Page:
What Are the Disadvantages of Withholding Taxes?

According to the Bureau of Labor Statistics “there are 75,609,000 workers in the U.S. who are paid wages or salaries at an hourly rate (or 60.2% of the total U.S. workforce of 125+ million in 2005.)” Many of these workers have taxes withheld from their paycheck to avoid a tax bill. While tax withholding is a popular system for wage earners, there are several disadvantages to consider.

Over Charge

Tax withholding is based on the living status of the individual worker. Because it does not take into account several deductible expenses (such as working costs, charity contributions and other deductibles) the IRS takes out the maximum amount, leaving less in the taxpayer’s paycheck and giving the government more money to work with throughout the year. For single workers with no dependents, this can mean up to 33 percent of the paycheck is taken out before the employee sees any money. This situation is resolved at the end of the year with a tax refund which can be obtained by filling out a tax refund sheet and itemizing your deductibles. Opting out of tax withholding gives employees more of their money in their paycheck.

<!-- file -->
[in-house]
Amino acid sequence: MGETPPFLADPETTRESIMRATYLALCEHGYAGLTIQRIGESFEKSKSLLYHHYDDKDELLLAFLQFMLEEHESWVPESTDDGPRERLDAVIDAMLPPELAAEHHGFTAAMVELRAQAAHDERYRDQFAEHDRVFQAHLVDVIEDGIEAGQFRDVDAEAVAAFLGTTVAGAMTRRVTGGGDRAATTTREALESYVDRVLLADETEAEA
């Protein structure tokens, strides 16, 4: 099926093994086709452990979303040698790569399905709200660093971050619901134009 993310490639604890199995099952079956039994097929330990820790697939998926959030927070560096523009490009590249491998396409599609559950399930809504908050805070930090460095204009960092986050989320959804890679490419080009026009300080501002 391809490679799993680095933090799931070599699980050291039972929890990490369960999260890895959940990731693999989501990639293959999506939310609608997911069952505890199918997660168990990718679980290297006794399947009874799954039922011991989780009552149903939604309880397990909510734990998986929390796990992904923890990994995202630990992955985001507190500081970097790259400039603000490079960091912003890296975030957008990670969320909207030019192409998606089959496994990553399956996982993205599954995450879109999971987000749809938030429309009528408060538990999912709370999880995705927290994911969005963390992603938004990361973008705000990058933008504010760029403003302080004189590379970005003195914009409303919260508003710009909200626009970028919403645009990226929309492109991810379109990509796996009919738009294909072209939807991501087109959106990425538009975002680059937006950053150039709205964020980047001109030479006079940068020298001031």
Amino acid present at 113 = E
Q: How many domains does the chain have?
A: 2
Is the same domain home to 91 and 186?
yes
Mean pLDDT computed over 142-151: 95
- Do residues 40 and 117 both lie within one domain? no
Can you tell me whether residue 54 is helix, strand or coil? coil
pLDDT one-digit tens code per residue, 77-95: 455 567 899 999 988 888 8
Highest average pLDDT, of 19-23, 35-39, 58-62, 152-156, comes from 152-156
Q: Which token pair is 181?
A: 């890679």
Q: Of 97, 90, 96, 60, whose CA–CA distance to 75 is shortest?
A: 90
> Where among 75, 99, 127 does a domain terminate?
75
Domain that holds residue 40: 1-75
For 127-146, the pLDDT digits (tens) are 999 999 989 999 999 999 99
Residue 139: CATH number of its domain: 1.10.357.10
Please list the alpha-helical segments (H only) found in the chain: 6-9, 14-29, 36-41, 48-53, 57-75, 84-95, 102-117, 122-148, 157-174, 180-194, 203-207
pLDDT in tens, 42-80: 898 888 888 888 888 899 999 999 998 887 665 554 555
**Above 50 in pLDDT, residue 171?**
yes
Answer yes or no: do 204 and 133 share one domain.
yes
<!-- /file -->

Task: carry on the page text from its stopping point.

Lost Interest

While tax withholding usually prevents any difficulties with the IRS during tax season, storing the money in an interest-bearing account instead would allow you to profit from the money while still setting it aside for the government at tax time. Additionally, investing the money in a mutual fund or stock index can show you even more profits before tax time. A Roth IRA, for example, allows the money to be invested with a potential for tax deferred growth. There is inherent risk in stock investment, though, and it is worth noting that invested money may not be there at tax time to pay the tax bill.

Business Bureaucracy

While there are disadvantages of withholding taxes for the wage earner, businesses are also left with some drawbacks. Because of the individualized nature of withholding tax, the work of paying out employees has become a specialized skill. To limit liability and reduce overall staffing costs, many companies subcontract their payroll to special payroll companies. While this practice can lessen the financial burden of increased bureaucracy due to tax withholding, it also puts control of employee paychecks in the hands of a third party, making mistakes harder to rectify.